Career Profile: Clare Smyth

Clare Smyth, head chef, Restaurant Gordon Ramsay

Clare Smyth holds a unique position for a female chef in the UK as the first and only woman to run a restaurant, Restaurant Gordon Ramsay, with three Michelin stars. Smyth moved to England at 16 from Northern Ireland to train before working in a number of restaurants around the world until 2002 when she was offered a job at Restaurant Gordon Ramsay. After a period abroad Smyth was promoted to Head Chef in 2008.

How I got to where I am now:

I have always loved cooking from a very young age and other people always said to me I was going to be a chef before I thought I was. I said I was going to get a decent job! I met a few people that were at the top of the industry and were really passionate about what they do and I met the right people to drive me on and make me realise I did love cooking, I had a real passion for it and I could really do something with it. I trained at Highbury College, Portsmouth.

At each stage of my career I was lucky to meet people on the way that really inspired me in one way or another to keep going and keep moving up the ladder and get to where I am. I worked at The Fat Duck and The Waterside Inn then spent some time abroad before working in Cornwall in 2002 when I was offered a job at Restaurant Gordon Ramsay. I also spent a period with Alain Ducasse at Le Louis XV in Monte Carlo.

I was always quite focused – I have always known that I wanted to go to the top but I have met the right people along the way and they just inspired me each time and helped me move along a little bit further.

My Biggest Challenge:

Every day. You have to have a lot of staying power and discipline every day to keep doing this, keep at this level and keep driving the team. You are aiming for perfection, it is not always possible because nature is not perfect but you are doing everything humanly possible to aim for perfection every day.

My Greatest Achievement:

It has definitely got to be doing what I am doing right now. I have been running this kitchen for five years and maintained the three Michelin stars here and that is definitely the biggest achievement of my life to date. Everyone thinks that maybe it is glamorous working in a three-star restaurant - it is not at all - it is a huge amount of pressure. It is a pat on the back and a punch in the stomach at the same time because every day you need to be on form for every customer. Everyone is there to criticise when you are at the top of what you do so you need to be 100 per cent focused and I do love that challenge.

My inspiration:

The biggest inspirations to me have always been Gordon and Alain Ducasse. The way they manage their businesses they are like super-chefs. As far as food-wise right now I went on a trip to Spain in October last year and I went to lots of restaurants and a couple of them were really fantastic but one that really stood out for me was El Celler de Can Roca. I really loved what they were doing and the three people in that place are just really amazing talents at what they do and I think it is just a really unique restaurant.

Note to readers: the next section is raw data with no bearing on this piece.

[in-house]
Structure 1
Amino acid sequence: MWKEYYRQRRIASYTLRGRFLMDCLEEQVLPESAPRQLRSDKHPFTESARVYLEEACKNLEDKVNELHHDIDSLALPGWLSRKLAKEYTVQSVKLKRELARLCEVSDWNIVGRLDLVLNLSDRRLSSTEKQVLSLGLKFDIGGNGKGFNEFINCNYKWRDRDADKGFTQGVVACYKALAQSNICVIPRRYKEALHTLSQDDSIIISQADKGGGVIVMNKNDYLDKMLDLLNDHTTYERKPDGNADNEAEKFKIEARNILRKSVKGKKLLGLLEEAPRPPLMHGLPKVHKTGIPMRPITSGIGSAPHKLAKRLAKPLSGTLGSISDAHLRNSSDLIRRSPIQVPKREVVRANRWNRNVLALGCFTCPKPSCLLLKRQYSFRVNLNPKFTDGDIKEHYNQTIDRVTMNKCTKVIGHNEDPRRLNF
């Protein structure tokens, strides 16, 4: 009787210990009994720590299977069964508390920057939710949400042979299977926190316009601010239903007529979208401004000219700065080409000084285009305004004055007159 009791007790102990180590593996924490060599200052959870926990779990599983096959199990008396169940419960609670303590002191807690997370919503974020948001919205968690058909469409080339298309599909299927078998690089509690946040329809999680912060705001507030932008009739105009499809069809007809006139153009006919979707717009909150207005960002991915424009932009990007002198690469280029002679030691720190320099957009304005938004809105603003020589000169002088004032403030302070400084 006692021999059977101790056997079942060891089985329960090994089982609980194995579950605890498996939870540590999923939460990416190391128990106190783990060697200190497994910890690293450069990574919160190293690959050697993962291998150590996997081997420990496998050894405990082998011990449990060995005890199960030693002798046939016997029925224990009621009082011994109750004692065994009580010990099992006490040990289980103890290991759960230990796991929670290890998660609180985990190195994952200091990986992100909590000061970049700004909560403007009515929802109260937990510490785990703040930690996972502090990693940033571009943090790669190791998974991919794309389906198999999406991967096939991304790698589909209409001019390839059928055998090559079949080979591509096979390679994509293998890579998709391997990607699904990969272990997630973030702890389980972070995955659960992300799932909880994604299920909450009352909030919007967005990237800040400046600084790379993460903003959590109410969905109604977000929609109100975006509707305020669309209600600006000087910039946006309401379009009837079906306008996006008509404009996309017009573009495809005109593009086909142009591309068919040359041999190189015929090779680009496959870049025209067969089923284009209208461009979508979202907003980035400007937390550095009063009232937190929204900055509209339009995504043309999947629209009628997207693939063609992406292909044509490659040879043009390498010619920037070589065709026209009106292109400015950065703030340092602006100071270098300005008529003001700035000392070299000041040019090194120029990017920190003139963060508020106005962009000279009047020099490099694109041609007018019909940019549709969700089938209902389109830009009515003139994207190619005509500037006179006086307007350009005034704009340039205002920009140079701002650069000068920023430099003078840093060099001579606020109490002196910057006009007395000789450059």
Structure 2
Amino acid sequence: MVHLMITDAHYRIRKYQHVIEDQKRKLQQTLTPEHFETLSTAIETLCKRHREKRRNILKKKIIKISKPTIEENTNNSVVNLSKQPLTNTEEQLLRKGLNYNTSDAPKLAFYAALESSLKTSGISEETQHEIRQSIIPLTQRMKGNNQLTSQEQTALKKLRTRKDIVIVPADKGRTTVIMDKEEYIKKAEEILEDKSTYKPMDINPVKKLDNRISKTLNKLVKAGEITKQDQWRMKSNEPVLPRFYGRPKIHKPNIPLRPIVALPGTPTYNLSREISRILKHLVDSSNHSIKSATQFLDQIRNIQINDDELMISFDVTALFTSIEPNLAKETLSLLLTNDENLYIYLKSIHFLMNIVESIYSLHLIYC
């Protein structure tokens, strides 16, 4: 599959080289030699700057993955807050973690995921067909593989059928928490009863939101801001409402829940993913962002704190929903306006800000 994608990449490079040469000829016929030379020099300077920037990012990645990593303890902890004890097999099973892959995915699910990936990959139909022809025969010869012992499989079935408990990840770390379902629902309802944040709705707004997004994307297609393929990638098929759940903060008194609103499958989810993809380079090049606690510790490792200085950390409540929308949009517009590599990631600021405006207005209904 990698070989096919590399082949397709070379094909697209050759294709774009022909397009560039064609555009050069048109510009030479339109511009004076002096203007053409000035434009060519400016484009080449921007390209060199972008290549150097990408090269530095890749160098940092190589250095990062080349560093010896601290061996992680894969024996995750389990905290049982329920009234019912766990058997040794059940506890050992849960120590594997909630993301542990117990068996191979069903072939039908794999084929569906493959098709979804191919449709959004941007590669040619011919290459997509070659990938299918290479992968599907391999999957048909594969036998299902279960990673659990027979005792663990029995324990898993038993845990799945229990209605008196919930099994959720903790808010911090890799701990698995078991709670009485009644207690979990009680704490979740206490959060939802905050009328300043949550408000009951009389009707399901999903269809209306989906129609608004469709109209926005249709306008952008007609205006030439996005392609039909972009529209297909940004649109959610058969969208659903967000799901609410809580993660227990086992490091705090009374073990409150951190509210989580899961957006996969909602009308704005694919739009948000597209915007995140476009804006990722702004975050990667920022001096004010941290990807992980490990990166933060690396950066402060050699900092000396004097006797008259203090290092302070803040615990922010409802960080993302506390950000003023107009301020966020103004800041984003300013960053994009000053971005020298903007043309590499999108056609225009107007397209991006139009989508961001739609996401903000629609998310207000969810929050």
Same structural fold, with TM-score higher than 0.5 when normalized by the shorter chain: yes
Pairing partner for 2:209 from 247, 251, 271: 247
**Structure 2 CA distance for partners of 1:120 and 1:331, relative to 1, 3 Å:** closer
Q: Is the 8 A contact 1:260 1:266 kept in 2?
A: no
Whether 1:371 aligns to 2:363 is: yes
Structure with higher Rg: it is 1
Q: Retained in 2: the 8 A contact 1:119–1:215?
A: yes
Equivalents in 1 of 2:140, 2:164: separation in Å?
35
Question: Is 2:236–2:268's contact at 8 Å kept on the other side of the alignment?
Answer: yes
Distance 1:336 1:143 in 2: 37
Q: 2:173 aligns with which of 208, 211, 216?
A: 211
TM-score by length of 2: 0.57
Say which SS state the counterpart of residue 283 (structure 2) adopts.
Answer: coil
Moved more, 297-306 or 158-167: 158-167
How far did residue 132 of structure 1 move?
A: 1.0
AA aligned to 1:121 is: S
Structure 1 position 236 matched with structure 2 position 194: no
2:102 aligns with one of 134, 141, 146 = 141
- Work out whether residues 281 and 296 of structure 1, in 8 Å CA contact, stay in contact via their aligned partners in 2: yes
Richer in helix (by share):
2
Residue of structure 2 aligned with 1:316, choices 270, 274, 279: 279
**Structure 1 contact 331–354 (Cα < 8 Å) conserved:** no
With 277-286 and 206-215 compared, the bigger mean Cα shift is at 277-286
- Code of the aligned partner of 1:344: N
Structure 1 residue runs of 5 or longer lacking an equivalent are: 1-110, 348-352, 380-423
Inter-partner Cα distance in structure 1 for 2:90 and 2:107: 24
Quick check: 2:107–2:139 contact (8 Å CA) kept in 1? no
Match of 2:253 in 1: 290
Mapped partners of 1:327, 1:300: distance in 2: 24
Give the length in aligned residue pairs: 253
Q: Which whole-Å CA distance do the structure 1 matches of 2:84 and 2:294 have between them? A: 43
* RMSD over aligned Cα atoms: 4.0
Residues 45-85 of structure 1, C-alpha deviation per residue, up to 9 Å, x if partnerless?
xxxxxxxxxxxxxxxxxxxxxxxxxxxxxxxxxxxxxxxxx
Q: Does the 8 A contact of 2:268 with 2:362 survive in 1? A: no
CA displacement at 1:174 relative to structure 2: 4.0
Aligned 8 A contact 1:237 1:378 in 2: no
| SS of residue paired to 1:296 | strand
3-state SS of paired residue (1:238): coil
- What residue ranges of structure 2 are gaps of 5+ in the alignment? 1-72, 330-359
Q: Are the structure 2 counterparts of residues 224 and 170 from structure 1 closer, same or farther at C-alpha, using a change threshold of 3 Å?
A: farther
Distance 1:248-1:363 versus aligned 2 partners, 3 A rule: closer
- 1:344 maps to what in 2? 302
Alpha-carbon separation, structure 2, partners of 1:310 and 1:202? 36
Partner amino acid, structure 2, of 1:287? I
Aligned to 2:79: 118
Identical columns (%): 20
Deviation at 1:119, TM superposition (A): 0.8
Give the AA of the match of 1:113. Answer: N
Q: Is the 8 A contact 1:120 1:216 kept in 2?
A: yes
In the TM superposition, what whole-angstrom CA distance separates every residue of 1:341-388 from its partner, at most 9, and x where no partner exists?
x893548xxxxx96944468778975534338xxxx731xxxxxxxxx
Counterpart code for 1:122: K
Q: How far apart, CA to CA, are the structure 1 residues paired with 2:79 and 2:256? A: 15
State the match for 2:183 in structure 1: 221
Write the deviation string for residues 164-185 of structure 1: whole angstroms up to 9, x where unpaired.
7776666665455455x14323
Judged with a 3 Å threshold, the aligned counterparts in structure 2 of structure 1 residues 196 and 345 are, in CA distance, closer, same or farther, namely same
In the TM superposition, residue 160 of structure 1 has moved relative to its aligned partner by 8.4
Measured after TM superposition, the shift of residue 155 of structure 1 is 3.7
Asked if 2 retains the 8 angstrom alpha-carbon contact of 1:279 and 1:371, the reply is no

My top tips for aspiring chefs:

It is really hard work. I think a lot of kids don’t understand that these days. You have to realise that from the beginning and you really have to love it and be determined. Going through the training of becoming a chef there is a lot of things to learn and it takes many, many years to gain the skills and to understand how to combine ingredients well together and to manage a kitchen. No one ever knows everything, we are all still learning all the time, but when you know enough it is like starting to understand The Matrix – you start to put things together and that is when it really becomes enjoyable. As a youngster I think you have to face up to the fact that you have many, many years of hard work ahead of you to actually learn physically the skills of the job – the palate, the management – to become good. I think a lot of youngsters want to get there quite quickly and it is just totally unrealistic. You really have to be aware of that. 

If I wasn’t working in hospitality I would be…

When I was younger I used to say I would rather be a doctor or a lawyer but realistically I think what I would be doing was sport. I used to love show jumping and horse riding when I was younger and I would probably be doing something like that. I used to show jump all the time and I was quite successful at it as a youngster and I would probably have stayed in that. I really admire sportspeople and what they do to achieve where they get to.

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